You don’t need us to tell you that maintaining a consistent player base in multiplayer-only PlayStation VR games continues to be a struggle for any studio that claims to be up to the task. Some have lowered the barriers to entry by adopting free-to-play models or by opening the doors to non-VR players too, but the fact remains that it isn’t easy to always find other people to play with in VR. Space Junkies is a multiplayer-only VR arena shooter that seeks to sidestep the whole issue by embracing cross-play compatibility across the other major PC VR platforms. But while it isn’t difficult to find a match and its 90s-era deathmatches can be a blast, the title serves to highlight the difficulties of making the same game “work” across such different platforms in a competitive setting.

Space Junkies’ attempt at bringing arena shooters to VR is largely a successful one. It checks all the right boxes: an arsenal of weapons that are fun to use, intelligently-constructed maps that cater to a variety of playstyles, and a brisk pace despite the fact that it’s all in zero gravity. Matches are limited to a maximum of four players, but there’s still plenty of mayhem to be had with weapons that cause flurries of bullets and explosions wherever you point them. The arsenal of weapons, variety of modes, and selection of maps are all limited, but they still cover all the major bases and allow you to more easily memorise item locations, which is paramount to success in any arena shooter. It’s pure and simple fun that isn’t muddled by the game’s progression that solely involves unlocking cosmetics.

The thought of controlling a zero gravity first-person shooter in VR sounds like a headache, but Space Junkies’ controls are surprisingly serviceable and easy to grasp given its concept. PS Move support is non-existent, but a DualShock 4 gets the job done. Horizontal and vertical movement are separated across both sticks, each set of triggers controls a different hand, and aiming your weapon(s) is done by moving your controller. While said aiming can feel frustratingly imprecise at times, moving around the game’s environments and using terrain as cover doesn’t take long to get used to. A quick tutorial helps you get acquainted with things before dumping you into a match, and there are plenty of optional features to alleviate motion-sickness. It’s an all-around accessible experience.

Space Junkies’ greatest strength comes in the presentation department. Being developed by an internal Ubisoft studio, there are plenty of bells and whistles on display that aren’t typical for other multiplayer VR shooters. The game looks great thanks to excellent art direction that fills its cosmic locales with a vivid neon colour palette, and there’s a great community space to play around in before and after each match. This common space lets you interact with other players while you’re waiting for the matchmaking to do its thing, and it has a ready room that lets you seamlessly vote for the next map and mode without skipping a beat. It all feels slick and works well even though it suffers from form over function.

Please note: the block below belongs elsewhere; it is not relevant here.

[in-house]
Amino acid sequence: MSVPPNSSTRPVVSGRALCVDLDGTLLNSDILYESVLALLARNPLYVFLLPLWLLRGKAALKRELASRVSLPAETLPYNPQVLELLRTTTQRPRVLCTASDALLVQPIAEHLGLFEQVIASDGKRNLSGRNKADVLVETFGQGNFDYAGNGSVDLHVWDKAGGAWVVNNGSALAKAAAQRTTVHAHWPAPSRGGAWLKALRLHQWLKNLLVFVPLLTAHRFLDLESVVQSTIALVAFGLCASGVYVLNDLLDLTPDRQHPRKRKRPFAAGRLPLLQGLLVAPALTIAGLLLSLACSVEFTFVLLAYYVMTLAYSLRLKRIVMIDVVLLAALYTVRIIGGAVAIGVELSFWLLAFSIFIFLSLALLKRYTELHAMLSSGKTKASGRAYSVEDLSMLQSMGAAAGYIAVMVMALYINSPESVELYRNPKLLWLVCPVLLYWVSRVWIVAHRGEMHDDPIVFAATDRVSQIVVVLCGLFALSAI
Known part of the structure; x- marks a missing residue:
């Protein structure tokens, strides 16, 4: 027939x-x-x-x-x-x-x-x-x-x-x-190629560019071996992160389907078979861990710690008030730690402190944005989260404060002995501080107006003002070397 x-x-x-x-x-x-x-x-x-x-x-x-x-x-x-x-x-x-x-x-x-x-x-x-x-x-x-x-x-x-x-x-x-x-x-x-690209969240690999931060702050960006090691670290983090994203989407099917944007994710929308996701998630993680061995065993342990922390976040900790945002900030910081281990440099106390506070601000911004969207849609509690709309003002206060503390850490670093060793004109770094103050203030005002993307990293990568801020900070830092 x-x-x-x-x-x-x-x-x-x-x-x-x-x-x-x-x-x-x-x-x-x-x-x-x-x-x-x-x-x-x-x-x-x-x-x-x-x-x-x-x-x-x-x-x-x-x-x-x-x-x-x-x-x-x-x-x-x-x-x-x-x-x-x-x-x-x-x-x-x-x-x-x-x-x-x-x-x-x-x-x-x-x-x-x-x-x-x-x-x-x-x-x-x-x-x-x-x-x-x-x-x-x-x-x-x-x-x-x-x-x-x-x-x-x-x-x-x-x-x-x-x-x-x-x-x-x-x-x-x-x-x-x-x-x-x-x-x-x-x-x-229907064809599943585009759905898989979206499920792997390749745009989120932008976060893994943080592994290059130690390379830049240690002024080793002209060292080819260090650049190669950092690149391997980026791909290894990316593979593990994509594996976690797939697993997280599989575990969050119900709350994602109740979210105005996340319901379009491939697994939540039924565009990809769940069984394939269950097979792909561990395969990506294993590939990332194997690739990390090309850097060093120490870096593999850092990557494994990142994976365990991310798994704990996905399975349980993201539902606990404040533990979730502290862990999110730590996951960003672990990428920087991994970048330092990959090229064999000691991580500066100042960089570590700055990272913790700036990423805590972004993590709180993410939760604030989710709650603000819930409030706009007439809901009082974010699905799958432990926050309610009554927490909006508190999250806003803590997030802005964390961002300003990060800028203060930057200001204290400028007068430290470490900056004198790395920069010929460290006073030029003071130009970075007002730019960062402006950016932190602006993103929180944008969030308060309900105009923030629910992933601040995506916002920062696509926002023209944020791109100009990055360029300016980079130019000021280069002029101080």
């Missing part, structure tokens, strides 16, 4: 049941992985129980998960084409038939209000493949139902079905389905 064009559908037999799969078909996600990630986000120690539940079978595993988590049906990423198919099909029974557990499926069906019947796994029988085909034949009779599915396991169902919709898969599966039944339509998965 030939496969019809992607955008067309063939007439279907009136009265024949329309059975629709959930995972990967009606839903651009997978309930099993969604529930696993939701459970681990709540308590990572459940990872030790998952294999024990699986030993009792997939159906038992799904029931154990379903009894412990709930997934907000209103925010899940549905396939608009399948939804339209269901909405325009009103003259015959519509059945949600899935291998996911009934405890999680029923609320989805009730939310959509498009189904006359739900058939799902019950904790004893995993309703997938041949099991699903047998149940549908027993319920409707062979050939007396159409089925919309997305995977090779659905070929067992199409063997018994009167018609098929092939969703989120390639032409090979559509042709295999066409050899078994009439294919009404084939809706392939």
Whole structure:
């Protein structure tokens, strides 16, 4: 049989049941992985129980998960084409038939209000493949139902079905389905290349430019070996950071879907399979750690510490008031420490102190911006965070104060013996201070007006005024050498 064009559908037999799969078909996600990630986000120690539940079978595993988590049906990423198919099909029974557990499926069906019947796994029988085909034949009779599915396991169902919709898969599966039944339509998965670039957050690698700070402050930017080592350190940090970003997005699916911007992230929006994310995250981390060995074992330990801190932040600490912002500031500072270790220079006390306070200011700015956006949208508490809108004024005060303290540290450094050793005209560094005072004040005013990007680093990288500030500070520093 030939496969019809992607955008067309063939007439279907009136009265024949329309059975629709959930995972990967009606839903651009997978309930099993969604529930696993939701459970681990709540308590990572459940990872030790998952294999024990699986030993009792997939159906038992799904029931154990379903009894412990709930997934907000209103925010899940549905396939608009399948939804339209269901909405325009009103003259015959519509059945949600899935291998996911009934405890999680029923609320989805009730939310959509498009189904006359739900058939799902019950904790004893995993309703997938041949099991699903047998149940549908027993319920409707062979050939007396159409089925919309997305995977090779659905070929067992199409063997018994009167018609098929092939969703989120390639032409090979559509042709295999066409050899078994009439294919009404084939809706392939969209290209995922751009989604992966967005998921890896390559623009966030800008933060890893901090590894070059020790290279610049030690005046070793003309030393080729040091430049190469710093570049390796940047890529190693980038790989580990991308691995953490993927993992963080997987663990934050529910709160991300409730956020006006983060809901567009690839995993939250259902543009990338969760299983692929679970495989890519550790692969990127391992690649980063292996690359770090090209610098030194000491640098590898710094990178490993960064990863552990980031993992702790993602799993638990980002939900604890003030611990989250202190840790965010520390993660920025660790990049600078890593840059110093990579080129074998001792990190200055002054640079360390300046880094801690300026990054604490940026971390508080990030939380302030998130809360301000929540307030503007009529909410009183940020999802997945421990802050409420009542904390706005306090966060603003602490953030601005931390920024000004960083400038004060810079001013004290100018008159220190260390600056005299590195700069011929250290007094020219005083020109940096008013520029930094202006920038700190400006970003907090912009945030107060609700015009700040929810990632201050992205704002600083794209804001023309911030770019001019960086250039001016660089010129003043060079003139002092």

Space Junkies does a lot right, but its biggest blunder is its cross-play implementation. If you’re playing on PSVR, prepare to feel like a second-class citizen. There is heavy emphasis placed on dual-wielding weapons and making wacky hand gestures, but neither work well with a DualShock controller, which is your only option. Your hands are perpetually stuck in a stiff-looking outstretched position that makes it obvious to everyone that you’re playing on PlayStation while they get to have all the fun waving and fist-bumping. It’s a silly thing to complain about, but it’s hard not to feel like you’re being left in the dust simply because you’re playing on a different platform. You’re also unable to aim any dual-wielded weapons in different directions which not only makes aiming more difficult for you than your PC competitors, but it also limits your ability to shoot around obstacles. Finding a match doesn’t take long, but it comes at the hefty cost of one of the game’s main selling points when you’re not playing on a PC.

Conclusion

Space Junkies is an incredibly competent multiplayer arena shooter that dodges the VR matchmaking bullet by flexing its cross-play capabilities, but it suffers from inadequate implementation. There’s plenty of bullet-blasting action to keep you engaged, but the limited control options only let you partake in a fraction of the fun when compared to your PC brethren.